Camper with Emirates Team New Zealand skipper Chris Nicholson says that one of the biggest challenges of this Volvo Ocean Race campaign has been getting through the race’s stringent measurement process and that the most regular book he has read for the last two years is the Volvo Ocean Race rulebook.
With all six competing teams now in Alicante ahead of the start of the Volvo Ocean Race on October 29, Nicholson said he was keen to get the final measurement checks out of the way as quickly as possible. 'The measurement process is a huge part of getting ready for the Volvo Ocean Race,' he said. 'I would estimate that 30 to 50 percent of both my and co-skipper Stu Bannatyne’s time since the campaign started has been dedicated to it.'
According to Nicholson, the measurement process has been a key factor the since the very earliest stage of the Camper yacht’s design process. 'Measurement was a major consideration even before the designer’s pen hit the paper. Right from the point where the sailors give their initial ideas and concepts to the design team you have to be thinking about the measurement process. We brought ideas to the table that have subsequently required a massive amount of energy to ensure that everything is legal.'
To avoid problems further down the line, Nicholson says he and his team have constantly had to play devil’s advocate with every innovative idea they came up with. 'You have to put yourself in the role of an opposing team and say, ‘I don’t like this new concept and I am going to try and have it disallowed.’ That’s what we have done with every single component part of the boat.'
Nicholson, a sailing Olympian and veteran of three Volvo Ocean Races, believes the level of competition in this edition of the race has made it harder than ever to stay within the rules. 'It’s quite difficult to remain 100 percent legal when everyone is pushing the rules so hard. We are unbelievably focused on remaining legal. The worst possible thing would be to turn up at the start of the race and not be able to pass measurement. That would be a complete showstopper.'
The precise techniques employed in the construction of Volvo Open 70s mean that the boats are built to remarkably tight tolerances and Nicholson says this requires excellence in every area of the design and build process.
'The build tolerance with our boat was one millimetre on every single component,' he explained. 'For instance the designed draft [depth] of our boat was exactly 4.5 metres and it came out at 4.499 metres. To deliver that sort of accuracy across such a complex boat as a Volvo Open 70 is not a simple task. If you don’t have the right guys involved from the very beginning then it’s not going to happen.'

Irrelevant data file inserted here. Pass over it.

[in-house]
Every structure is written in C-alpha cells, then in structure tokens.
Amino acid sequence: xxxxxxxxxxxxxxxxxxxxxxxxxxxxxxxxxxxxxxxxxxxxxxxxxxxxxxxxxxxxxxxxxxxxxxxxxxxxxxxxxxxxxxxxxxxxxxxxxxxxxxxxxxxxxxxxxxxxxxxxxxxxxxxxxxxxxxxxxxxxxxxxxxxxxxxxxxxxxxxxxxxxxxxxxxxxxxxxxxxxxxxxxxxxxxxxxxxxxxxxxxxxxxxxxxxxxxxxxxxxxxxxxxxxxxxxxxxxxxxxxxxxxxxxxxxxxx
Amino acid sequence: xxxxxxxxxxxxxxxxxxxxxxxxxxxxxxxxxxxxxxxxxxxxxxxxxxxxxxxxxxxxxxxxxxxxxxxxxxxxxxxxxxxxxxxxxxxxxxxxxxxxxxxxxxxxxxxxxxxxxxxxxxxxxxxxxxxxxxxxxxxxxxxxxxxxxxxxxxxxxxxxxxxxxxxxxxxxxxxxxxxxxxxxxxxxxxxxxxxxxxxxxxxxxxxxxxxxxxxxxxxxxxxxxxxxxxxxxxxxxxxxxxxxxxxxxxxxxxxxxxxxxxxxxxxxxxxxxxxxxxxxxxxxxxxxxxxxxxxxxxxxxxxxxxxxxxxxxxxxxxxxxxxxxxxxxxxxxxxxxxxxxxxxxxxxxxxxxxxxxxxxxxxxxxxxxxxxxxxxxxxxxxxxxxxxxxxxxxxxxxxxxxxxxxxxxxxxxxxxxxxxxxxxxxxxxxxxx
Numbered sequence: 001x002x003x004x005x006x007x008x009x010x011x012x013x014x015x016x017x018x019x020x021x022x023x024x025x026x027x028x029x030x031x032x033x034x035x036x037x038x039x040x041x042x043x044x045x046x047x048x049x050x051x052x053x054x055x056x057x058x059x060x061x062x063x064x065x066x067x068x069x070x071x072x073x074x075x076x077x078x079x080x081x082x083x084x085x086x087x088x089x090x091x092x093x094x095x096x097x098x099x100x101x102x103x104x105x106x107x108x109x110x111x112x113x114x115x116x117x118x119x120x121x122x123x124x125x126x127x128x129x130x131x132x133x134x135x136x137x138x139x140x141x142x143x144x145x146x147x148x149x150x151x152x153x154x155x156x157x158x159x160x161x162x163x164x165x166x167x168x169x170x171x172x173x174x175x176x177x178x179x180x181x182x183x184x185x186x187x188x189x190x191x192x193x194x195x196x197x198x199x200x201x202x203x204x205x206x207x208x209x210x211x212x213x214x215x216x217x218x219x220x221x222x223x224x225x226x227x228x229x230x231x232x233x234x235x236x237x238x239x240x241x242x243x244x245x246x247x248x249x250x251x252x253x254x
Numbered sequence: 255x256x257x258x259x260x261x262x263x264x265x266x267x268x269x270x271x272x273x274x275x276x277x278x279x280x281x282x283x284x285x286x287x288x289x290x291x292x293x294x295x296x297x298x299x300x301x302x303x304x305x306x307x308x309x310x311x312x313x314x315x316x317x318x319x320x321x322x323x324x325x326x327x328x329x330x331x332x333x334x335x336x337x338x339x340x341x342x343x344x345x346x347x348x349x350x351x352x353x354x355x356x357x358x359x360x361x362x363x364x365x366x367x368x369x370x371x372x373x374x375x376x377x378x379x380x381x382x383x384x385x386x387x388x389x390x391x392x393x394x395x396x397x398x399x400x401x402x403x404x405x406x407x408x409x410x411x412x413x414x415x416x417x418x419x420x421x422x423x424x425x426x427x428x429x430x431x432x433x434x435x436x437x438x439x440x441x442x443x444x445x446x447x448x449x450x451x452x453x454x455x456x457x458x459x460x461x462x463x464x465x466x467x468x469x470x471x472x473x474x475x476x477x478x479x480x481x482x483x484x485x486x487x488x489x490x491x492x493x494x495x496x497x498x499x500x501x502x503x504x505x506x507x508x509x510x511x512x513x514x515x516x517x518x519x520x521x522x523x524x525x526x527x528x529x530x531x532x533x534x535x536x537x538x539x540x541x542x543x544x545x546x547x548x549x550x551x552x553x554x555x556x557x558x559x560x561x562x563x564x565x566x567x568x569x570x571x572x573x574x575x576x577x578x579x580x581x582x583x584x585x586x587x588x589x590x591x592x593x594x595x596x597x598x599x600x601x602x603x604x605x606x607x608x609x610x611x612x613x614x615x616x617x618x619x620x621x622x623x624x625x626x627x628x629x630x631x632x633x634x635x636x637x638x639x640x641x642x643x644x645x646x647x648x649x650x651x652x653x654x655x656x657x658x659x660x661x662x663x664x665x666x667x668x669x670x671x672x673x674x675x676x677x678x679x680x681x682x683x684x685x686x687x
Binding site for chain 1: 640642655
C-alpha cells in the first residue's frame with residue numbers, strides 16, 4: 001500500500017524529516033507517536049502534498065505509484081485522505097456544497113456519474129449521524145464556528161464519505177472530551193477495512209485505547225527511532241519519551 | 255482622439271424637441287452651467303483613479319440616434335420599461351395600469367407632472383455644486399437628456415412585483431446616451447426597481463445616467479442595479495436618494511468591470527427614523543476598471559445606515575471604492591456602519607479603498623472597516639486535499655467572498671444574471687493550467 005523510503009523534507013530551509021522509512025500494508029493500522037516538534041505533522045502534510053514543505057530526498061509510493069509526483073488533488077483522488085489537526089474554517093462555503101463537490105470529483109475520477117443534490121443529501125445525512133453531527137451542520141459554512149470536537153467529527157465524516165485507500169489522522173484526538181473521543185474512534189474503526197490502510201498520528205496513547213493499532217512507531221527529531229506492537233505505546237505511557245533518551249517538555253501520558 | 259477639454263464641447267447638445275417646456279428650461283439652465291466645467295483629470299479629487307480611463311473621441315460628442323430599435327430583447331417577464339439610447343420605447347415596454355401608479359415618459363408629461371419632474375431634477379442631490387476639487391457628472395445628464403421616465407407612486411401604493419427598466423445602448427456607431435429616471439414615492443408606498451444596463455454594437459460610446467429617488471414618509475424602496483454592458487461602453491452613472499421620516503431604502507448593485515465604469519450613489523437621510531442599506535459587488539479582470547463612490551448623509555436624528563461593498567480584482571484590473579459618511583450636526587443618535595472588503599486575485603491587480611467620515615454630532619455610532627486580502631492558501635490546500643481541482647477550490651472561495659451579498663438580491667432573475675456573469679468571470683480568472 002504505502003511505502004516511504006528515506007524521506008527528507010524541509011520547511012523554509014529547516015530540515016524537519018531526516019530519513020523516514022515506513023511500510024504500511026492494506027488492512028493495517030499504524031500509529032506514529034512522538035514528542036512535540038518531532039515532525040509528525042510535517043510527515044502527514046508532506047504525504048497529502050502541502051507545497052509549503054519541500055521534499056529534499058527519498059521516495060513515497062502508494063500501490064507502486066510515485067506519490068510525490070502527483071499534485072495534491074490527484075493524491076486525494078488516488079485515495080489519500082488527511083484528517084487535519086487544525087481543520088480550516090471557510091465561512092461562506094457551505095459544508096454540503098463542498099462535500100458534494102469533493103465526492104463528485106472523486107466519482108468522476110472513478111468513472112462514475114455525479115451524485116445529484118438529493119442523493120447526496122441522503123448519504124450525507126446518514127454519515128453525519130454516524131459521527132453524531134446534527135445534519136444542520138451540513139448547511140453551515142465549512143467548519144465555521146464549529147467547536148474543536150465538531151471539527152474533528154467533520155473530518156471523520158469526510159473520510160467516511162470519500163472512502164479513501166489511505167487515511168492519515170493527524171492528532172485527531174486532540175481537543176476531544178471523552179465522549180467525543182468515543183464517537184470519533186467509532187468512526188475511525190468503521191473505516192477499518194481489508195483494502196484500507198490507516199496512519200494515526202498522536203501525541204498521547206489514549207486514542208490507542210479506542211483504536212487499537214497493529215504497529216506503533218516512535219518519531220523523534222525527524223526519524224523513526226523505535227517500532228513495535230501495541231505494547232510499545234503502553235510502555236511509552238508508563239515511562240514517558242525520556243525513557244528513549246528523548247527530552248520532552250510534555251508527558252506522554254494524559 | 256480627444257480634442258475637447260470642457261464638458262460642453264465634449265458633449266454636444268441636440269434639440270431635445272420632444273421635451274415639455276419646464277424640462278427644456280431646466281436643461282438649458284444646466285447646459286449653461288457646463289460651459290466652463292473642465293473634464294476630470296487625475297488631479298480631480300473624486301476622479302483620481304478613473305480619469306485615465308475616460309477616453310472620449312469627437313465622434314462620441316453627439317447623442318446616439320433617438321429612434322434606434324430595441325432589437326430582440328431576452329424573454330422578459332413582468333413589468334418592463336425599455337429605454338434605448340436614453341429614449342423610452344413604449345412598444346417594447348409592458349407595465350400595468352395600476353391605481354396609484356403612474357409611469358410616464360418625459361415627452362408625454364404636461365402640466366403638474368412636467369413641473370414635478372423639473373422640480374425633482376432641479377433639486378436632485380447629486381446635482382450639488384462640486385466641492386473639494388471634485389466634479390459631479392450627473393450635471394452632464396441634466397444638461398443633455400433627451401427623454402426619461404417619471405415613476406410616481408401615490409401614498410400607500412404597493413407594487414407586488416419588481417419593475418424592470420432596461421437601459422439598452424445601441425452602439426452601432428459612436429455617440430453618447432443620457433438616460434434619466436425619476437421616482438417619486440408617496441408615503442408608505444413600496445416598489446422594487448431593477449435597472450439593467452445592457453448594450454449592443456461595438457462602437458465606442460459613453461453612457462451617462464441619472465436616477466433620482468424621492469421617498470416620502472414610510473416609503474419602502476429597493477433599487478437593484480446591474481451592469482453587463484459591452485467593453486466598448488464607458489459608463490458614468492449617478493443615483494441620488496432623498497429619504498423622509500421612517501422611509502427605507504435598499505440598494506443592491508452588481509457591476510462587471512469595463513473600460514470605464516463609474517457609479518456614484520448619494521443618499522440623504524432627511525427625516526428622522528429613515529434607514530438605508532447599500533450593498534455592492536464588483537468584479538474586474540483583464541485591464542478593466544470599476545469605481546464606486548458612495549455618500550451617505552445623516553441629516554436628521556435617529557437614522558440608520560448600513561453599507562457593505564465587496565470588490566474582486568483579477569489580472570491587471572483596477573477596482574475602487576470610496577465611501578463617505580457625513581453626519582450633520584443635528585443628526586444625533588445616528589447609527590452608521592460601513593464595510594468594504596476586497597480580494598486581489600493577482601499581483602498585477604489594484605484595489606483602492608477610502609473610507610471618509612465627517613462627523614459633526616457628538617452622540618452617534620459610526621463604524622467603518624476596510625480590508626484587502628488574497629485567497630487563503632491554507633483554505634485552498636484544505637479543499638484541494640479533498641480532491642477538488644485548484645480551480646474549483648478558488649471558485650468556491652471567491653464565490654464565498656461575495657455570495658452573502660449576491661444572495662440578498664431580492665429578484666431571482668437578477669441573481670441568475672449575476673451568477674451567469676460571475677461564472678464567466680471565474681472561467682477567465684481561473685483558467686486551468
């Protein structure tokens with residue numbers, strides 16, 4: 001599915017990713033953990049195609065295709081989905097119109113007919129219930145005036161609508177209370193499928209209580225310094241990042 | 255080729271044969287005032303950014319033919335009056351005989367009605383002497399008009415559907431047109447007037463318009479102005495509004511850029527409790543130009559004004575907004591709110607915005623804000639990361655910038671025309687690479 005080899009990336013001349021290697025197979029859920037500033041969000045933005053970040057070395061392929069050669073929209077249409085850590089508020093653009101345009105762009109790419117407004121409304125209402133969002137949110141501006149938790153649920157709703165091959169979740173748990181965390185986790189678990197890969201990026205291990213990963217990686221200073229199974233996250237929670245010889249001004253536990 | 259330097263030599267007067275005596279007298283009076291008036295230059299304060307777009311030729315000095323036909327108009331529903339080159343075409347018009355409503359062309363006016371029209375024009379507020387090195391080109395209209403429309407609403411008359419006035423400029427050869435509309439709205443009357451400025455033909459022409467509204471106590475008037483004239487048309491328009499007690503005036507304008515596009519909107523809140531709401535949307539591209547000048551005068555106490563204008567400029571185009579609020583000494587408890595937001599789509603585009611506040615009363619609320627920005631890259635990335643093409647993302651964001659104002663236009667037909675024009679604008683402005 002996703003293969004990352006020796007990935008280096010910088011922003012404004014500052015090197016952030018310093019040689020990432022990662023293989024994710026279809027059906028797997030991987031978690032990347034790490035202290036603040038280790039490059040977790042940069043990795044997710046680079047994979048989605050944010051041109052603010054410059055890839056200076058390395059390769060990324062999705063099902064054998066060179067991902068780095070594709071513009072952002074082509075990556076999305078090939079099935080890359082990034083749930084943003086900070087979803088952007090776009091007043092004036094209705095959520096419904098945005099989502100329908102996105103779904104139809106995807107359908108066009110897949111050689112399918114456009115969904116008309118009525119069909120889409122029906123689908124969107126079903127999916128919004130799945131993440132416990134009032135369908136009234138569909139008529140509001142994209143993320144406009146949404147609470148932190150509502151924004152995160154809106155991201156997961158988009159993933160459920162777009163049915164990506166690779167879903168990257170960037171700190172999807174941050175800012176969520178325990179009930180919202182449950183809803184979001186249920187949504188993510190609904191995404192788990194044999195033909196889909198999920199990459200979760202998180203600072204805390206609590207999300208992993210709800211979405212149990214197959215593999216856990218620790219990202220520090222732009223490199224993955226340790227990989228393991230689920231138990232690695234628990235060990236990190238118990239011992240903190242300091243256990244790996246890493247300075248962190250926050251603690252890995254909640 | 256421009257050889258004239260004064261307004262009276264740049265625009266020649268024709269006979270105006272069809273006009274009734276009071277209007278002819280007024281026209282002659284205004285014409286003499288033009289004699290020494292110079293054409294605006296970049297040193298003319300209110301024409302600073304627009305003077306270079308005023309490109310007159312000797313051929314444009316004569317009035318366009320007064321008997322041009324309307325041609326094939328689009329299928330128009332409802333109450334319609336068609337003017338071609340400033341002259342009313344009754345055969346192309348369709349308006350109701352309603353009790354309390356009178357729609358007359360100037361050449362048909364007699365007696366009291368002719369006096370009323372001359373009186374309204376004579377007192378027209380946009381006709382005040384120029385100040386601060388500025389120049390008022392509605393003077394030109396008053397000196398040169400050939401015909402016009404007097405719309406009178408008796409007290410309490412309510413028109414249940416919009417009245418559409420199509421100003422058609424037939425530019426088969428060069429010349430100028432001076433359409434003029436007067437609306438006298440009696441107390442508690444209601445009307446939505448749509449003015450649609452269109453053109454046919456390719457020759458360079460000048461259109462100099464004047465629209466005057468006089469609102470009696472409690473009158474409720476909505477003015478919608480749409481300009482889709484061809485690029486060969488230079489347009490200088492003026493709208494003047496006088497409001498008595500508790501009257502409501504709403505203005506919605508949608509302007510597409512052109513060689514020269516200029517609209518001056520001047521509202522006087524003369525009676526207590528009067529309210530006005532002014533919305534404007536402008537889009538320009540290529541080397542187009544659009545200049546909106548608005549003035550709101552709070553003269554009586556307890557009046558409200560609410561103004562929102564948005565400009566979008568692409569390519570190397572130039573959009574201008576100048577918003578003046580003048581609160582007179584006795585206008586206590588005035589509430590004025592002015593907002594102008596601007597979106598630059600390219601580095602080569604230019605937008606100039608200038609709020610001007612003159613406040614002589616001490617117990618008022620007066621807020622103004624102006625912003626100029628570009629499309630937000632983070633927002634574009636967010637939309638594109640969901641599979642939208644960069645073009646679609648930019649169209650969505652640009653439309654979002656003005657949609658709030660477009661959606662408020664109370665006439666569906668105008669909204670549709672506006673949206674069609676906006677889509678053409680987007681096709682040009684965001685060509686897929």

Camper’s design comes from Marcelino Botín working alongside the Emirates Team New Zealand design team, a successful partnership spanning the last six years. Nicholson says that Botín’s long-term relationship with everyone involved has paid dividends in his team’s quest to build a boat capable of winning the Volvo Ocean Race.
'Designers’ computers don’t just spit out fast boats. It is about relationships and how you get the best out of them. Every crew’s design team will have the same strengths, but success comes from how effectively you can harness all that talent. That drives the quality of the boat you end up with.
'When I sit down with the design team I feel like I should have gone to university and studied a lot harder. They are such an incredibly intelligent hardworking team. You also know that the same hard work is going on in all the other teams too. For the Volvo Ocean Race everyone has the best people you can get involved. You just have to trust in your team and what you are doing.'
Nicholson equates the challenge of building a fast Volvo Open 70 within the rules to that facing Formula 1 motor racing teams. 'I imagine it’s very similar in Formula 1,' he said. 'Theirs might be a bit more complex with regards to the actual mechanics, but then I would say that sailing steps into a different arena when you factor in wind, waves and race conditions. All of these things affect how you build your boat.
'The process is very complex. There’s core sampling of the hull and we have to submit documentation relating to the structure of the boat, the carbon, the Nomex, the hydraulic units, the mast weights, mast materials, the list just goes on and on.'
Recalling that in the past some teams had chosen a confrontational approach to the measurement authorities, Nicholson says that throughout his first Volvo Ocean Race campaign as skipper he has made every effort to be as open as possible in his team’s relationship with the Volvo Ocean Race measurers.
'Measurers are like policemen – you just don’t argue with them. There is absolutely no mileage in it. We have done completely the opposite, in that we have gone out of our way to involve them in our boat. We wanted to make sure from day one that we weren’t doing anything that we shouldn’t be. We submitted drawings to the measurers very early on, before the moulds had even been built for the boat and we have kept them informed every step of the way ever since.'
On October 7 Camper with Emirates Team New Zealand will join Abu Dhabi Ocean Racing, Puma powered by Berg Propulsion, Team Sanya, Team Telefónica and Groupama sailing team, for a 360 nautical mile qualification sail from Alicante to Palma de Mallorca and back.
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